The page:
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Largan Precision Co., Ltd. v. Genius Electronic Optical Co., Ltd.

United States District Court, N.D. California

October 31, 2014



JAMES DONATO, District Judge.

In orders entered at ECF Nos. 135-41, the Court directed defendant Genius and non-party Apple to file declarations establishing with particularity that their model numbers or code names for Genius's lens products are sealable. In response, Genius withdrew its request to seal its model numbers in all instances where those model numbers appear on their own without reference to any Apple end products. ECF No. 145. Because the Court previously granted the parties' request to seal the Apple end products into which Genius's lenses are incorporated, this disposes of the motions to seal with respect to Genius's own internal model numbers.

Apple maintains its position that its own code names for Genius's model numbers are sealable, and has filed a declaration by Ayush Manu, a Procurement Manager in its Camera/Sensor Silicon Procurement group. Decl. of Ayush Manu ¶ 1, ECF No. 147-1.


In our circuit, in evaluating a motion to seal, two different standards apply depending on whether the request is being made in connection with a dispositive motion or a non-dispositive motion.

For dispositive motions, the historic, "strong presumption of access to judicial records" fully applies, and a party seeking sealing must establish "compelling reasons" to overcome that presumption. Kamakana v. City and County of Honolulu, 447 F.3d 1172, 1178-80 (9th Cir. 2006) (quoting Foltz v. State Farm Mutual Auto Insurance Co., 331 F.3d 1122, 1136 (9th Cir. 2003)). This standard presents a "high threshold, " and "a good cause' showing will not, without more, satisfy" it. Id. at 1180 (citations omitted). When ordering sealing in this context, the district court must also "articulate the rationale underlying its decision to seal." Apple Inc. v. Psystar Corp., 658 F.3d 1150, 1162 (9th Cir. 2011).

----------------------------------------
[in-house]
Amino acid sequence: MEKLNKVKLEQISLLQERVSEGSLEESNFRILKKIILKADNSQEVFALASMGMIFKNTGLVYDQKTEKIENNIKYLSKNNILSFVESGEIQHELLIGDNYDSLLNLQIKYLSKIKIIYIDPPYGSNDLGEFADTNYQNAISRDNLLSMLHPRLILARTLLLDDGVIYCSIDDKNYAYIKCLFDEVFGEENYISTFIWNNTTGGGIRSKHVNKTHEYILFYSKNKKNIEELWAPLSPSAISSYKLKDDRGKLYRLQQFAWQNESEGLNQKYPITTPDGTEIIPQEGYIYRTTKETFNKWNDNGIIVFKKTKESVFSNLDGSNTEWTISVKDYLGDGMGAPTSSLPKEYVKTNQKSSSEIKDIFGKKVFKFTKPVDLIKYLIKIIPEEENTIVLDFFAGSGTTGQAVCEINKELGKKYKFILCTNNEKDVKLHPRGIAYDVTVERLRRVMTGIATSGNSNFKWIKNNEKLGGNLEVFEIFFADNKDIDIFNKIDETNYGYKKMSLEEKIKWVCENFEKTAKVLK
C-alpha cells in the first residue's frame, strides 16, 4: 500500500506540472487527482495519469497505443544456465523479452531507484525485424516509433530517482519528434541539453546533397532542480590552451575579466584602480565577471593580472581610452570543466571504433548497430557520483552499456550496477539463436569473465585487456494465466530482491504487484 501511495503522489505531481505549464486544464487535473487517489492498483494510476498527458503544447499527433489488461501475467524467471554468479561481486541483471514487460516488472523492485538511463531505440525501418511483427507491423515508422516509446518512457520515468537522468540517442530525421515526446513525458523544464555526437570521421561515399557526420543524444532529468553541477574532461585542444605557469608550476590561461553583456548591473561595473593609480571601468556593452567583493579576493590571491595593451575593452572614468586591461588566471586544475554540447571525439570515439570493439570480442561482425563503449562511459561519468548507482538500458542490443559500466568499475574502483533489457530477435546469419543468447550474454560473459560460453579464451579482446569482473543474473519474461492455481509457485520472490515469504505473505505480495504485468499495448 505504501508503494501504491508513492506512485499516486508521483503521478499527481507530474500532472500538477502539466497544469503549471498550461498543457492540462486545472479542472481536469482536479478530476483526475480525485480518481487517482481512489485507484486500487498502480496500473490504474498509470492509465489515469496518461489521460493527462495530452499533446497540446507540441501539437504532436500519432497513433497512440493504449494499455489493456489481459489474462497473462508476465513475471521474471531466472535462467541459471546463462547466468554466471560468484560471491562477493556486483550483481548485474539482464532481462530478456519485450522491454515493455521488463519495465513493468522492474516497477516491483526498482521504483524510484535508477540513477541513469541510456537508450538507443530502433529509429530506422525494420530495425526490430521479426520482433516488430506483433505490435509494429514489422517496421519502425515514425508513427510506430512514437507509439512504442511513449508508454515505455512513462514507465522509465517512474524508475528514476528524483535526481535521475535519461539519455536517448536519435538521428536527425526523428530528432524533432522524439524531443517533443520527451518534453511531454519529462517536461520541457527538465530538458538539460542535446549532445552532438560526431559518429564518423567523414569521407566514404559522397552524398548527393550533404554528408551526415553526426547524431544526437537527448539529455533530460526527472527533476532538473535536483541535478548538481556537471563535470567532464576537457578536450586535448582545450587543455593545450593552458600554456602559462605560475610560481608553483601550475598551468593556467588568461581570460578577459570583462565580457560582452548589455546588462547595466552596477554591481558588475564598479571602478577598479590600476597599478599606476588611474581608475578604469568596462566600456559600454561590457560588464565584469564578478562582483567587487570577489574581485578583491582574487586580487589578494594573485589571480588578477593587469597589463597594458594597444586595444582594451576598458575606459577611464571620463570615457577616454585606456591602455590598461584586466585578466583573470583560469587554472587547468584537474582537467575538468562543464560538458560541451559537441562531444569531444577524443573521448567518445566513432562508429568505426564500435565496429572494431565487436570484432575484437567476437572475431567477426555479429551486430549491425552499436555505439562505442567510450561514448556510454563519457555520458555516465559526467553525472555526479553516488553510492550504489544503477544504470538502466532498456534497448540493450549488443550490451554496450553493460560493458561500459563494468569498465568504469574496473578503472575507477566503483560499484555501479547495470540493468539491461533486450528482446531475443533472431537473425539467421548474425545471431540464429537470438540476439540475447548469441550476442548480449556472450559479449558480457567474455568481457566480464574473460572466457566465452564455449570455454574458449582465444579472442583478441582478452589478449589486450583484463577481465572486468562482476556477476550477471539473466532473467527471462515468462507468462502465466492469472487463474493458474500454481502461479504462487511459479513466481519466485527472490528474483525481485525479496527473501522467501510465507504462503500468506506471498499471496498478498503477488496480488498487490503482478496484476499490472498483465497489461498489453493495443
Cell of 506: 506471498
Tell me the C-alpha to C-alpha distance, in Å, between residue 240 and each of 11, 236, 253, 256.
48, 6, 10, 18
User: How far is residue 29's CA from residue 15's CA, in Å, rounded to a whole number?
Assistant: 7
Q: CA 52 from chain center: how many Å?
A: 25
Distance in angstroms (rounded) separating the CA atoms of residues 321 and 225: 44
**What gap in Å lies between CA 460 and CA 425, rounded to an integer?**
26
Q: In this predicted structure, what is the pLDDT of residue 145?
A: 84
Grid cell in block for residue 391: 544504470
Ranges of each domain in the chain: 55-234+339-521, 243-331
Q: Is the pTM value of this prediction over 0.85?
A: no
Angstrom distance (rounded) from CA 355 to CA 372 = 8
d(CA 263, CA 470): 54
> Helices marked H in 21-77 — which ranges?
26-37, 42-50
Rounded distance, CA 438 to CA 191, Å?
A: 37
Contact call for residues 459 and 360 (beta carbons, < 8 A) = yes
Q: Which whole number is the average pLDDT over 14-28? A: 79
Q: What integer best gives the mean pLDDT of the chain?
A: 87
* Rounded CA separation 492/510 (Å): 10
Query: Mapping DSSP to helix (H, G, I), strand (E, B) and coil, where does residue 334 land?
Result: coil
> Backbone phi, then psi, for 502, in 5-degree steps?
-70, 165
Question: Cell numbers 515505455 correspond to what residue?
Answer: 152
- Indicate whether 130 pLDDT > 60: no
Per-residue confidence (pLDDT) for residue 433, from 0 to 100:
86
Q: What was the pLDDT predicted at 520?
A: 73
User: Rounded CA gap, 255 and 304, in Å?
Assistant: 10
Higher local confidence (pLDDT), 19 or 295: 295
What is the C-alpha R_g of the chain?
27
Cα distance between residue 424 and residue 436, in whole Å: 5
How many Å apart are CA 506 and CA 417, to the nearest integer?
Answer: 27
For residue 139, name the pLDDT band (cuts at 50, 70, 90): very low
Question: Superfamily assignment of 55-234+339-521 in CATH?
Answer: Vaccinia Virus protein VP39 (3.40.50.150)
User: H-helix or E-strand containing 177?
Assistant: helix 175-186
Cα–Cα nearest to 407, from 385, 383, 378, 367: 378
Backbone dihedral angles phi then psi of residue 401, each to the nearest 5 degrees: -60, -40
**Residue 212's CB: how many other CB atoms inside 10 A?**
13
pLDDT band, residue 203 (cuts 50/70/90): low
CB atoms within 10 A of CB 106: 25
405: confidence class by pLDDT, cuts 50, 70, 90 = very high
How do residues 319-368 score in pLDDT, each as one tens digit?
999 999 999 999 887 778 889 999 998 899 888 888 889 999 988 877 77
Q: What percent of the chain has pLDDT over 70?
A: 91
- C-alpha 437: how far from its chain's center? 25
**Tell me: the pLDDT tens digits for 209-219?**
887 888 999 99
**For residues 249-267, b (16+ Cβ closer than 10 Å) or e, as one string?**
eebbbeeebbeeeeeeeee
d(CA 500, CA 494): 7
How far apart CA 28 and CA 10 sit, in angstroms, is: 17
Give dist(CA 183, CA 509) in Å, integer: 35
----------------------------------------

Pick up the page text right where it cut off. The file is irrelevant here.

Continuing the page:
The non-dispositive motion context is different. There, "the usual presumption of the public's right of access is rebutted, " the "public has less of a need for access to court records attached only to non-dispositive motions, " and the "public policies that support the right of access to dispositive motions, and related materials, do not apply with equal force to non-dispositive materials." Kamakana, 447 F.3d at 1179-80 (citations omitted). Therefore, in that context, materials may be sealed so long as the party seeking sealing makes a "particularized showing" under the "good cause" standard of Federal Rule of Civil Procedure 26(c). Id. at 1180 (quoting Foltz, 331 F.3d at 1138).

In our district, in addition to meeting the applicable standard under Kamakana, all parties requesting sealing must also comply with Civil Local Rule 79-5, including that rule's requirement that the request must "establish[] that the document, or portions thereof, are privileged, protectable as a trade secret or otherwise entitled to protection under the law" ( i.e., is "sealable"). Civil L.R. 79-5(b). The sealing request must also "be narrowly tailored to seek sealing only of sealable material." Id.


Each of the sealing requests is directed to non-dispositive motions, as described in the Court's original orders at ECF Nos. 135-41. As a result, the "good cause" standard is appropriate.

Apple's argument is essentially that its code names provide a second layer of defense if a document containing confidential information about its products were to be improperly disclosed. Decl. of Ayush Manu ¶ 7, ECF No. 147-1. For example, if a document that contained prices for the lenses used in Apple's products were leaked, the use of code names would help prevent suppliers and competitors from learning how much Apple paid for lenses from a given supplier. Id. ¶ 8. The Court finds that Apple has shown good cause to seal its code names for current Genius accused products, especially given its status as a non-party.

The parties will refile the documents subject to the orders at ECF Nos. 135-41 within seven days of this order, redacting only those portions that the Court has ruled are sealable.


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